In early 1960's, it was shown that some RNA viruses (e.g. Rous Sarcome Virus = RSV), after infecting the host, give rise to DNA as an intermediate step in their multiplication. This DNA then gives rise to (i) RNA for assembly of viral genomes and (ii) mRNA for synthesis of virus specific proteins. Not all RNA viruses multiply through DNA; rather many of them may actually synthesize RNA directly on RNA template as in case of influenza virus or polio virus (Fig. 26.33). The evidence for this intermediate synthesis of DNA, often described as DNA provirus hypothesis,
was initially available as follows : (i) actinomycin D
(it inhibits synthesis of RNA on DNA but not on RNA template), when added to cultured cells producing RSV, inhibited production of all RNA; (ii) when soon after inoculation with RSV, synthesis of DNA in inoculated cells was inhibited by antibiotics like amethopterin
no infection occurred; (iii) when cells exposed to RSV were grown in presence of bromodeoxyuridine
(its incorporation renders the newly synthesized DNA sensitive to light) and then exposed to light, no infection occurred; (iv) DNA extracted from infected cells, when denatured and hybridized with RNA, double stranded DNA-RNA hybrid
molecules could be obtained. It was also shown that the enzyme responsible for synthesis of DNA on RNA template was not freshly synthesized on infection, but was present within the virus particles (RSV).
Fig. 26.33. Three kinds of viruses, grouped on the basis of genetic material and mode of replication (a) DNA viruses, (b) RNA viruses and (c) RNA:DNA viruses.
The above information on RNA directed DNA synthesis was available in 1960's but no enzyme for this activity could be discovered. In 1970, for the first time, disrupted virus particles from RSV
(used by H. Temin)
(mouse leukaemia virus; used by D. Baltimore)
were shown to undertake DNA synthesis, utilizing dNTPs (one of them made radioactive), suggesting that an enzyme existed in the core of virus particle, which could stimulate RNA-directed DNA synthesis. For this work later, both Howard Temin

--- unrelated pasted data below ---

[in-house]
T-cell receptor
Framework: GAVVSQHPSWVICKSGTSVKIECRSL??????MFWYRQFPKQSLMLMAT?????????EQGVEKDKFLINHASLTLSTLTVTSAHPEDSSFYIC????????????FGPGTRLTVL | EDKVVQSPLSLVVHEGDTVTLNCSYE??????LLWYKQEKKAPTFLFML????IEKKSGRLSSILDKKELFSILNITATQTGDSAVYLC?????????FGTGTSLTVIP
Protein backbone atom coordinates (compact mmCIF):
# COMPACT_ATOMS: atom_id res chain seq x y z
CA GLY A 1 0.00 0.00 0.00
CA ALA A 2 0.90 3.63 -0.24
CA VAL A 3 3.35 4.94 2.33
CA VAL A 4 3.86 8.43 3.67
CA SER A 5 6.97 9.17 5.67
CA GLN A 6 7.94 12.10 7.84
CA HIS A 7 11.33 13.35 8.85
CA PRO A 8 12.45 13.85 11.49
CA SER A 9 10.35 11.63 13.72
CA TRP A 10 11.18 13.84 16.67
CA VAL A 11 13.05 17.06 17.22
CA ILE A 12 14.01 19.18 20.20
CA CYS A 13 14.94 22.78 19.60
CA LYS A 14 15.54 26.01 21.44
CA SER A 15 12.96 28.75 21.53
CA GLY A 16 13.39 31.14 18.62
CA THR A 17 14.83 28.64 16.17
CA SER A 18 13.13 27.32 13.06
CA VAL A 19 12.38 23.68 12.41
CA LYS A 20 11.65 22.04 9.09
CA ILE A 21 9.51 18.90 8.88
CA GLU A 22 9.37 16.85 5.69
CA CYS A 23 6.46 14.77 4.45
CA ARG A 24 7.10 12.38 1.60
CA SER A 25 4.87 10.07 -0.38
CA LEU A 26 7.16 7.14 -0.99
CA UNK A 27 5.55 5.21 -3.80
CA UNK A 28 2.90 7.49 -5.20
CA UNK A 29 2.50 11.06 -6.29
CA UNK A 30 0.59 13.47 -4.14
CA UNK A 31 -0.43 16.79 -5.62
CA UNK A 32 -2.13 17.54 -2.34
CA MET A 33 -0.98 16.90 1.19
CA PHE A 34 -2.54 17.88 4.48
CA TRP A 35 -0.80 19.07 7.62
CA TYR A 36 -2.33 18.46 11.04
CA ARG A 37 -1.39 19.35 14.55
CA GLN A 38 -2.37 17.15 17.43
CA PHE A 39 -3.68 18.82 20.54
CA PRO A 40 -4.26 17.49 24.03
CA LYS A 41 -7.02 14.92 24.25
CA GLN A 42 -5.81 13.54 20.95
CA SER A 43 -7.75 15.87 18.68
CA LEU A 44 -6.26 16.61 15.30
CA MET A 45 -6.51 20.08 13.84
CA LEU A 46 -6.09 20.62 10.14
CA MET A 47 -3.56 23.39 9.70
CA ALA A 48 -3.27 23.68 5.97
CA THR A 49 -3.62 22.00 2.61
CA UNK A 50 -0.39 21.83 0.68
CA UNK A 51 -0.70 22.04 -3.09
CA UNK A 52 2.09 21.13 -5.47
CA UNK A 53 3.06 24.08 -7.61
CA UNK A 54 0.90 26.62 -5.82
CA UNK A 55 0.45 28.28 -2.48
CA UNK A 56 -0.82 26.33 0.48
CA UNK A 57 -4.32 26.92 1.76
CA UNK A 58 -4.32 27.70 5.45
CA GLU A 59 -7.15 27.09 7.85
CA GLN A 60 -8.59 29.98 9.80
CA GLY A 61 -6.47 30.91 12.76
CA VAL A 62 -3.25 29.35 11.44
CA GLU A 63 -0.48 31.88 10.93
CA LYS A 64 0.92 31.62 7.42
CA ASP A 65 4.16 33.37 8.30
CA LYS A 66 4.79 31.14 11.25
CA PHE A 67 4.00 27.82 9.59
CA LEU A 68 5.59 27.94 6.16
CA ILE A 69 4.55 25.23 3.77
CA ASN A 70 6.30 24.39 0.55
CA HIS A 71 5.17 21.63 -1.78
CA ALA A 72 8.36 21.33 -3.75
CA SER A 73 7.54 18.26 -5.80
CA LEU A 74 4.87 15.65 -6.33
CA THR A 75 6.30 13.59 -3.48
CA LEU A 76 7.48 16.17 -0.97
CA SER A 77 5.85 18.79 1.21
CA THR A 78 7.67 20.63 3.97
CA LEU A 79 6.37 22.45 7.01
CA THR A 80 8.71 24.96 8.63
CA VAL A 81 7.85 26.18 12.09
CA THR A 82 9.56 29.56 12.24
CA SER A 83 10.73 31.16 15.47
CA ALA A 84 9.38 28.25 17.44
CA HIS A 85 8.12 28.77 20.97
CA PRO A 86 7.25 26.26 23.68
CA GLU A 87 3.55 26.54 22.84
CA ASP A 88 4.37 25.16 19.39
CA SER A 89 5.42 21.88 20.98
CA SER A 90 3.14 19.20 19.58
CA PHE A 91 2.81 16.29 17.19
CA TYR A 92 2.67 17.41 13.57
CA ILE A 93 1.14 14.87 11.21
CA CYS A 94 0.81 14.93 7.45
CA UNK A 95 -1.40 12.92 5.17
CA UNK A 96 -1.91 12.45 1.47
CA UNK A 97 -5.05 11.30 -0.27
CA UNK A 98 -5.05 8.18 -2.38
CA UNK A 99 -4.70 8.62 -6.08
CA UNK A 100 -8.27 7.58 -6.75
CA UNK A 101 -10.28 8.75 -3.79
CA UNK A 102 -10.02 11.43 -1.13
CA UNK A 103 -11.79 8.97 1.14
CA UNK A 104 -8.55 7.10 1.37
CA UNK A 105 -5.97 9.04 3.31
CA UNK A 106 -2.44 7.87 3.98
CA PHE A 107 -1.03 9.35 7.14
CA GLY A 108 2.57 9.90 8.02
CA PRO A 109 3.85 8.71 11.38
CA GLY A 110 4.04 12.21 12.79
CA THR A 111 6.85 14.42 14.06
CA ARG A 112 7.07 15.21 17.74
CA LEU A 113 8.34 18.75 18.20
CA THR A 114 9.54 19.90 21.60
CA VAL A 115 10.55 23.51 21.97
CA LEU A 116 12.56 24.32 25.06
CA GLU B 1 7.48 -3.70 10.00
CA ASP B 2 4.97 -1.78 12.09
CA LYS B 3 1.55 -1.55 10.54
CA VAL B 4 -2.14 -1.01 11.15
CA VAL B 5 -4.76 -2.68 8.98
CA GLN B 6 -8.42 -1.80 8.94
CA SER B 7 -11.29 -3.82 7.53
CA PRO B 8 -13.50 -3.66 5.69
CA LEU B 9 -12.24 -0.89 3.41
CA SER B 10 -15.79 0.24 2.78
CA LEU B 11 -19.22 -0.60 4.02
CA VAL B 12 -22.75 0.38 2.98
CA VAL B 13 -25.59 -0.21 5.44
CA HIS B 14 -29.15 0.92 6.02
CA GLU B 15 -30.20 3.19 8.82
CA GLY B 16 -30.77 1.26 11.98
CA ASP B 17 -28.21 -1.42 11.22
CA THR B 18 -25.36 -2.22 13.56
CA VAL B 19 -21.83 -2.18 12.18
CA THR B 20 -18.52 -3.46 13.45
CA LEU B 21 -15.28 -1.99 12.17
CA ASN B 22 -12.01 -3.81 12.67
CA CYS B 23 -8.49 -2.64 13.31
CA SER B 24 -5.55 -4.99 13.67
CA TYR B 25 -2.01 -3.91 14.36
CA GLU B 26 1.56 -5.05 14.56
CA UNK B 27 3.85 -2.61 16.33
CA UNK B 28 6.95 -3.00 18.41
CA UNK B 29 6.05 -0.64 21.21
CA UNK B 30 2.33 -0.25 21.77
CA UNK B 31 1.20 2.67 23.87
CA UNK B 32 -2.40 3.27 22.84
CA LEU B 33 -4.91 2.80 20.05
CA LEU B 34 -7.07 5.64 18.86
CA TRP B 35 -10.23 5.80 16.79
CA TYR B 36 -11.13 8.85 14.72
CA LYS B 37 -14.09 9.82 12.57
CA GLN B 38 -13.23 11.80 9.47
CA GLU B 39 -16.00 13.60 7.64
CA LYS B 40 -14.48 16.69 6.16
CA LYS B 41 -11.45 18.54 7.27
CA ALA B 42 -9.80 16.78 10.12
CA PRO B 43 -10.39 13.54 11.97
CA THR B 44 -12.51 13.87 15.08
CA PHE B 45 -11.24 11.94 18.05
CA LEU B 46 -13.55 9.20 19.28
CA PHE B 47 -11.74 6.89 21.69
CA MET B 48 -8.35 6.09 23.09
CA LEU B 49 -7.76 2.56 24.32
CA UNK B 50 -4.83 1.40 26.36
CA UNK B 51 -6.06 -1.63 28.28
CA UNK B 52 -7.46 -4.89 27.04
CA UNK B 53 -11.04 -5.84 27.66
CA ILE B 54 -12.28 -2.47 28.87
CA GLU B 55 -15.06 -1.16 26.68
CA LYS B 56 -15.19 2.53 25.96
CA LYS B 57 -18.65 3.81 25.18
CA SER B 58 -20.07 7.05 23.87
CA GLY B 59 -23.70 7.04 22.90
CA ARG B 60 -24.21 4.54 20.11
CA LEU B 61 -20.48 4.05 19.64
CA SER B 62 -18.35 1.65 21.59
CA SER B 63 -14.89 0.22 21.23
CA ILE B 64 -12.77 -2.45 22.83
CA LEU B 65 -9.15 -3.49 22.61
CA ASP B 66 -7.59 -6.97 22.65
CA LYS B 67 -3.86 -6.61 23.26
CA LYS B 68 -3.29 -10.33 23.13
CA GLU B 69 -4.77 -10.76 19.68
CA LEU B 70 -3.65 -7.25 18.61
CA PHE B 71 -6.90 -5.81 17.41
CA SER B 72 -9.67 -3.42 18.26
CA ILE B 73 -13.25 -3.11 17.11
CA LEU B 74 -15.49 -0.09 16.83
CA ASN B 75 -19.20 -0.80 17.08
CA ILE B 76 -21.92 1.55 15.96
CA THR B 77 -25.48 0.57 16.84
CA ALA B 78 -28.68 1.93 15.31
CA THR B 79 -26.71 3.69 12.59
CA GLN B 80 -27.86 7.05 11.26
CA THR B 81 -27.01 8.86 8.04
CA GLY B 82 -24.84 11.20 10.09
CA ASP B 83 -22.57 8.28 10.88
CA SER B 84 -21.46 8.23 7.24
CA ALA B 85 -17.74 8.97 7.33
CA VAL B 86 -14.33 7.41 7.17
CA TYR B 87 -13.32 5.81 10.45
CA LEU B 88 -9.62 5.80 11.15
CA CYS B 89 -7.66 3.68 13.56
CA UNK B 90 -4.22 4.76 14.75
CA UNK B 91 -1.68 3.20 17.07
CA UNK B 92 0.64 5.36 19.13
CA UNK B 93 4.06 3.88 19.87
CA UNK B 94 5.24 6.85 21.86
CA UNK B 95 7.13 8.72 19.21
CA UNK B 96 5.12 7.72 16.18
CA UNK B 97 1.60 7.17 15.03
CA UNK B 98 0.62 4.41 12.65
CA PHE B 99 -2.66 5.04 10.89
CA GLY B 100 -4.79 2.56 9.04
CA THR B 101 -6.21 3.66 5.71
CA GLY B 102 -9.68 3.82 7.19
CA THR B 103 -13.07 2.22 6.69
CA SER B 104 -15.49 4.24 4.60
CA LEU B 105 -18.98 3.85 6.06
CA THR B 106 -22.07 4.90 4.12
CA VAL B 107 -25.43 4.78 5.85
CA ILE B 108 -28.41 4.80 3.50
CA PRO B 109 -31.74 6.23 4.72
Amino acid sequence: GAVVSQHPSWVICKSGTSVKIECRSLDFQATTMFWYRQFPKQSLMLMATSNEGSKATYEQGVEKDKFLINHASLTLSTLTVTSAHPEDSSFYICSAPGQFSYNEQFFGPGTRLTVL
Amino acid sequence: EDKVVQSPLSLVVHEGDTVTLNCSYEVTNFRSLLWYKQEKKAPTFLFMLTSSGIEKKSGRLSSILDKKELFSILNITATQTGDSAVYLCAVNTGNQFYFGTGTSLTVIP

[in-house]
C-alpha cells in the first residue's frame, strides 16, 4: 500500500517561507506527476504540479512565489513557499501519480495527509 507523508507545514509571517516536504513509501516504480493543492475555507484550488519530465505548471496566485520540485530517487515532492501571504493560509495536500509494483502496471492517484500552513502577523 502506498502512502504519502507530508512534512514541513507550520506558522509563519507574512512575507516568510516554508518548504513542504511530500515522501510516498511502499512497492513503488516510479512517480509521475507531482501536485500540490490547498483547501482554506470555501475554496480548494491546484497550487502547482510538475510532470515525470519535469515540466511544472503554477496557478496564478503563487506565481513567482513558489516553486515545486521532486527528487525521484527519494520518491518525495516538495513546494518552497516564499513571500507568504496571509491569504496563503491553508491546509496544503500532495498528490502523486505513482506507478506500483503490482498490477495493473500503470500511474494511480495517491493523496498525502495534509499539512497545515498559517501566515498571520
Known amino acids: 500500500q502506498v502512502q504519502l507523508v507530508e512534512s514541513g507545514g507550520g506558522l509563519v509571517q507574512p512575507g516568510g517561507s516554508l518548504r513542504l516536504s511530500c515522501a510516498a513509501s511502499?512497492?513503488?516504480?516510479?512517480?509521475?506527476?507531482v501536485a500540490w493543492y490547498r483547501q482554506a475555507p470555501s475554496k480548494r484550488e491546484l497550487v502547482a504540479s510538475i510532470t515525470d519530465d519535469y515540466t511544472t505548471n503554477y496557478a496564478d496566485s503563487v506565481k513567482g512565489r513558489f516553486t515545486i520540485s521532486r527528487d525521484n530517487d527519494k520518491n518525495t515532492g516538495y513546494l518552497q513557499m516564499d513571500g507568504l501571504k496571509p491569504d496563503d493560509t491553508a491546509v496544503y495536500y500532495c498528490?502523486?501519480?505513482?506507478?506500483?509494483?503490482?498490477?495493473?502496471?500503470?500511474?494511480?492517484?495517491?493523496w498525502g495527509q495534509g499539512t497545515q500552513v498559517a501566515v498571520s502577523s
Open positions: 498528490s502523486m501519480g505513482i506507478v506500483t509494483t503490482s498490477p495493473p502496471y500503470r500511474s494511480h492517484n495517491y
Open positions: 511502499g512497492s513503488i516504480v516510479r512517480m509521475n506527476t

and David Baltimore
were awarded Nobel Prize. The enzyme was initially called 'RNA dependent DNA polymerase', but was later called 'RNA directed DNA polymerase', since the purified enzyme was capable of utilizing a variety of templates including synthetic and natural DNA, RNA and RNA-DNA hybrids. The enzyme subsequently became popularly known as reverse transcriptase.
This enzyme resembles other DNA polymerases and was detected in human tumour cells, initially suggesting its role in cancerous growth of cells. However, later this enzyme was found in the normal cells also, thus reducing the initial excitement about this enzyme being the cause of cancer in humans.
Although the discovery of RNA directed DNA polymerase or reverse transcriptase did not help in providing a solution to the problem of human cancer, the enzyme is now being extensively utilized for molecular biology studies. The most important of these uses is the synthesis of complementary DNA (cDNA) from mRNA, leading to the preparation of cDNA libraries for the study of genes expressed in specific tissues. A large number of such cDNA libraries have been prepared in a variety of organisms, both plants and animals, and have facilitated isolation of genes (for more details, consult Genetic Engineering and Biotechnology 1. Recombinant DNA and PCR (Cloning and Amplification of DNA)